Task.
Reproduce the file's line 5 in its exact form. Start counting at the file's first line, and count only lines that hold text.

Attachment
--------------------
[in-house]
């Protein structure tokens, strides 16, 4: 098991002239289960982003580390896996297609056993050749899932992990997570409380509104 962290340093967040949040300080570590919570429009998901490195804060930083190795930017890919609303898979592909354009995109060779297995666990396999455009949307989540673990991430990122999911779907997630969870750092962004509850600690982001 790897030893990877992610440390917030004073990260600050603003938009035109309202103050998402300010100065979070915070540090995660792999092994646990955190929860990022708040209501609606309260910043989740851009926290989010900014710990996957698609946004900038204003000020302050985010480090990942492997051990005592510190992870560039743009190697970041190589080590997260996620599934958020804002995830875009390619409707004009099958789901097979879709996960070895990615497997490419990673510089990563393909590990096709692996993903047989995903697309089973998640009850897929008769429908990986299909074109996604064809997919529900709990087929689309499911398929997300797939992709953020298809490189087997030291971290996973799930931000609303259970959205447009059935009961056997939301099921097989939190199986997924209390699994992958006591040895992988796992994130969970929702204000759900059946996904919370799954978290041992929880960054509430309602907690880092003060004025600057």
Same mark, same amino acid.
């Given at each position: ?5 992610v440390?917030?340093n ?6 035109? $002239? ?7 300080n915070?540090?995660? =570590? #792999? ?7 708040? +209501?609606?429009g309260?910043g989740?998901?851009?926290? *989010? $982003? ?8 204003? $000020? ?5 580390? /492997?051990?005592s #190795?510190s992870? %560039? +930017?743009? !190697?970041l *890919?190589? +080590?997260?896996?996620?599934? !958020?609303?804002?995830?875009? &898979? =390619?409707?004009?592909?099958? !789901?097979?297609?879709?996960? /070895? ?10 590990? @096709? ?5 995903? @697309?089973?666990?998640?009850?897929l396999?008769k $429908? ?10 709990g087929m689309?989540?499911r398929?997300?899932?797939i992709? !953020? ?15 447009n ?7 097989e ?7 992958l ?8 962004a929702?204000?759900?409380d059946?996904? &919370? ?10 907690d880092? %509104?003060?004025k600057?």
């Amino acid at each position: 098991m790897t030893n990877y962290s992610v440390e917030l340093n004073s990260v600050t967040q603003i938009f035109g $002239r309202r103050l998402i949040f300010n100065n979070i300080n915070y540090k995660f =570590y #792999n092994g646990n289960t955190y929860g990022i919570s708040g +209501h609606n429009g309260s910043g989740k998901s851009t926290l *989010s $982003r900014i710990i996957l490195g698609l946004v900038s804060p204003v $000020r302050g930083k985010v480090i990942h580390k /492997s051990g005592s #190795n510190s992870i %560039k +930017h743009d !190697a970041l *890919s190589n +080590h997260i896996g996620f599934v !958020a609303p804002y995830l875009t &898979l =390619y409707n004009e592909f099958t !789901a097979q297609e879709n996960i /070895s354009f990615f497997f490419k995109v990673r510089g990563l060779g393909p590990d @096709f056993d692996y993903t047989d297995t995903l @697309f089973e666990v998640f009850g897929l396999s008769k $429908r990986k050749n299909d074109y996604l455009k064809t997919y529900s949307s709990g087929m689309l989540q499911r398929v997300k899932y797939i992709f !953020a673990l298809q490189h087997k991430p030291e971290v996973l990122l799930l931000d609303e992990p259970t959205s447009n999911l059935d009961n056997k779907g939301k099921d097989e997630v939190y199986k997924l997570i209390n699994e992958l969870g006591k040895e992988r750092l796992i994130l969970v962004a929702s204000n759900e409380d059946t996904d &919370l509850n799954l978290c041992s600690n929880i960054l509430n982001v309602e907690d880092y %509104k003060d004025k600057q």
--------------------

């Amino acid at each position: 098991m790897t030893n990877y962290s992610v440390e917030l340093n004073s990260v600050t967040q603003i938009f035109g $002239r309202r103050l998402i949040f300010n100065n979070i300080n915070y540090k995660f =570590y #792999n092994g646990n289960t955190y929860g990022i919570s708040g +209501h609606n429009g309260s910043g989740k998901s851009t926290l *989010s $982003r900014i710990i996957l490195g698609l946004v900038s804060p204003v $000020r302050g930083k985010v480090i990942h580390k /492997s051990g005592s #190795n510190s992870i %560039k +930017h743009d !190697a970041l *890919s190589n +080590h997260i896996g996620f599934v !958020a609303p804002y995830l875009t &898979l =390619y409707n004009e592909f099958t !789901a097979q297609e879709n996960i /070895s354009f990615f497997f490419k995109v990673r510089g990563l060779g393909p590990d @096709f056993d692996y993903t047989d297995t995903l @697309f089973e666990v998640f009850g897929l396999s008769k $429908r990986k050749n299909d074109y996604l455009k064809t997919y529900s949307s709990g087929m689309l989540q499911r398929v997300k899932y797939i992709f !953020a673990l298809q490189h087997k991430p030291e971290v996973l990122l799930l931000d609303e992990p259970t959205s447009n999911l059935d009961n056997k779907g939301k099921d097989e997630v939190y199986k997924l997570i209390n699994e992958l969870g006591k040895e992988r750092l796992i994130l969970v962004a929702s204000n759900e409380d059946t996904d &919370l509850n799954l978290c041992s600690n929880i960054l509430n982001v309602e907690d880092y %509104k003060d004025k600057q």